In today's Daily Podcast we listen to more news on Russian cyber gangs' online bank heists. Stagefright and Rowhammer raise fresh worries. AceDeceiver, for now, threatens mostly the dopey and the reckless, but that could change over the next few months. Did Anonymous jump its April 1 gun in entering US Presidential politics?
Dave Bittner: [00:00:03:22] More on Buhtrap and its sophisticated spear phishing of Russian banks—they may have failed to snap a billion rubles in one caper, but they did get six hundred million. We'll hear more reasons not to jailbreak your iPhones and iPads, and still more reasons not to download adult apps on your Android. And we hear from the University of Maryland's, Ben Yelin, who brings us up to date on the lingering fallout of the Snowden leaks.
This CyberWire podcast is made possible by the generous support of Cylance, offering revolutionary cybersecurity products and services that proactively prevent rather than reactively detect the execution of advanced persistent threats and malware. Learn more at cylance.com.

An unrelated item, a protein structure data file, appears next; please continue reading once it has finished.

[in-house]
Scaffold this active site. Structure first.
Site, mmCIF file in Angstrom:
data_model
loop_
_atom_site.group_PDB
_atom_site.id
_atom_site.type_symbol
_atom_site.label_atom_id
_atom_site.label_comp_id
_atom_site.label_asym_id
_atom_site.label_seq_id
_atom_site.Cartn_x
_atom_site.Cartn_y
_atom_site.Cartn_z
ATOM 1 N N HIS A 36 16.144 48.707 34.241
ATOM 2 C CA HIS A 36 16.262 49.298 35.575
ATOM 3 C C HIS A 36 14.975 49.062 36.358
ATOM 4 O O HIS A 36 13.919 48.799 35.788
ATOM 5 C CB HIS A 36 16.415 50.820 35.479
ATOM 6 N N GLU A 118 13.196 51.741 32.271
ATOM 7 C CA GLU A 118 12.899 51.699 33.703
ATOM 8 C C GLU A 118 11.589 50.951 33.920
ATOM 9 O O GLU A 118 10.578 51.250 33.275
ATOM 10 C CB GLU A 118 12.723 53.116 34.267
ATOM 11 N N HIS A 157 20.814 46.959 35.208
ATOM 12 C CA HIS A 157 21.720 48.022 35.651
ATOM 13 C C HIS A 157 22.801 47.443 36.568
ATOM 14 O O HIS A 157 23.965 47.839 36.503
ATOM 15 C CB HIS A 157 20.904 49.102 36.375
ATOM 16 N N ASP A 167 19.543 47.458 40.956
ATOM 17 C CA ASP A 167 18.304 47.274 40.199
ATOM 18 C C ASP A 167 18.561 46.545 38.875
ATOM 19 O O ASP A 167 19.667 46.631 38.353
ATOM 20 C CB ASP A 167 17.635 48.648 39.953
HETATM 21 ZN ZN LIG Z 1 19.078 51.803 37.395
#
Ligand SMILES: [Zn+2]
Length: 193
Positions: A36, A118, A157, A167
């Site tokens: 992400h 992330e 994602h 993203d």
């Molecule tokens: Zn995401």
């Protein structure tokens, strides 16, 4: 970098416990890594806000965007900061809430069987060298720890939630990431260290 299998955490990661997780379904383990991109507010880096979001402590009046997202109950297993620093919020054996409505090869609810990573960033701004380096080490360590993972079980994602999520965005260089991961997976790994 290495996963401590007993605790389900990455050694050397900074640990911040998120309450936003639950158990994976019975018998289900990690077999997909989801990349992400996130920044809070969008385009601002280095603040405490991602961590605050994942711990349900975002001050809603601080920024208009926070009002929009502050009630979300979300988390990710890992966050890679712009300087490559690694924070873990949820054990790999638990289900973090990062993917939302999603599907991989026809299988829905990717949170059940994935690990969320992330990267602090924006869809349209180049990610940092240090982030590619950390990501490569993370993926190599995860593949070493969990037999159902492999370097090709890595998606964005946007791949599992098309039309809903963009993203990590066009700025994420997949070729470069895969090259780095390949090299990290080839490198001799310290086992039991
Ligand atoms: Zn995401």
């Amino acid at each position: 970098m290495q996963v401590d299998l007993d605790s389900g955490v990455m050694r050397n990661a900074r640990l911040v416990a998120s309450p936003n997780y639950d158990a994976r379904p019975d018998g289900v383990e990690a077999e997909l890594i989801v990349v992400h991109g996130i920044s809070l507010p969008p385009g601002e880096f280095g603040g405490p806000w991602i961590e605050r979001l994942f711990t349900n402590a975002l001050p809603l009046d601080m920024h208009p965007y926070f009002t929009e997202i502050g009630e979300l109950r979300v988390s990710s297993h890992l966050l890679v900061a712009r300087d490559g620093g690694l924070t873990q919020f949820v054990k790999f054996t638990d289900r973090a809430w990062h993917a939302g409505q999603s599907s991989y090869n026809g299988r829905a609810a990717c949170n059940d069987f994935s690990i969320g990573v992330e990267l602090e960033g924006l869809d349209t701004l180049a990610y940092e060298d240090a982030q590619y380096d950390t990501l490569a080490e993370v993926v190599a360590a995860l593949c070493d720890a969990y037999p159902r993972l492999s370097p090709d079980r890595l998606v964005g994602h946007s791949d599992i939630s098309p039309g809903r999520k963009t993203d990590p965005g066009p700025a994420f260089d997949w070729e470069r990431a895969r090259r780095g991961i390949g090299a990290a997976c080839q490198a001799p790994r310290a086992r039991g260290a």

I'm Dave Bittner in Baltimore with your CyberWire summary for Friday, March 18th, 2016
The Russian cyber mob that impersonated FinCERT now has a name, "Buhtrap" , and a tally sheet: 13 banks hit since August, with their biggest single take being 600 million rubles ($8.65 million). Group-IB has been reporting on the incident. Losses in smaller regional banks were particularly heavy, although the biggest single attempted theft, to the tune of a billion rubles, was foiled when a typographical error in the email aroused suspicions. The exploit proceeded roughly like this: once the mark bit on the emailed phishbait—convincingly spoofed FinCERT communications—the malware payload then exploited the automated bank-customer system that connected to the regulator. Dmitry Volkov , the head of Group-IB’s cyberintelligence department, explained that this system is a highly critical one for Russian banks. Drawing a comparison to a comparably important American system, he told Bloomberg, “This is the same as if hackers were to get access to the SWIFT system at Citibank, for example.”
Proofpoint's warning earlier this week that Carbanak is back suggests that other segments of the Russian criminal underground remain active against the financial sector. Trend Micro points out that notorious revenant, Dridex, is also active, and bothering banks, despite the many takedowns the criminal botnet has suffered.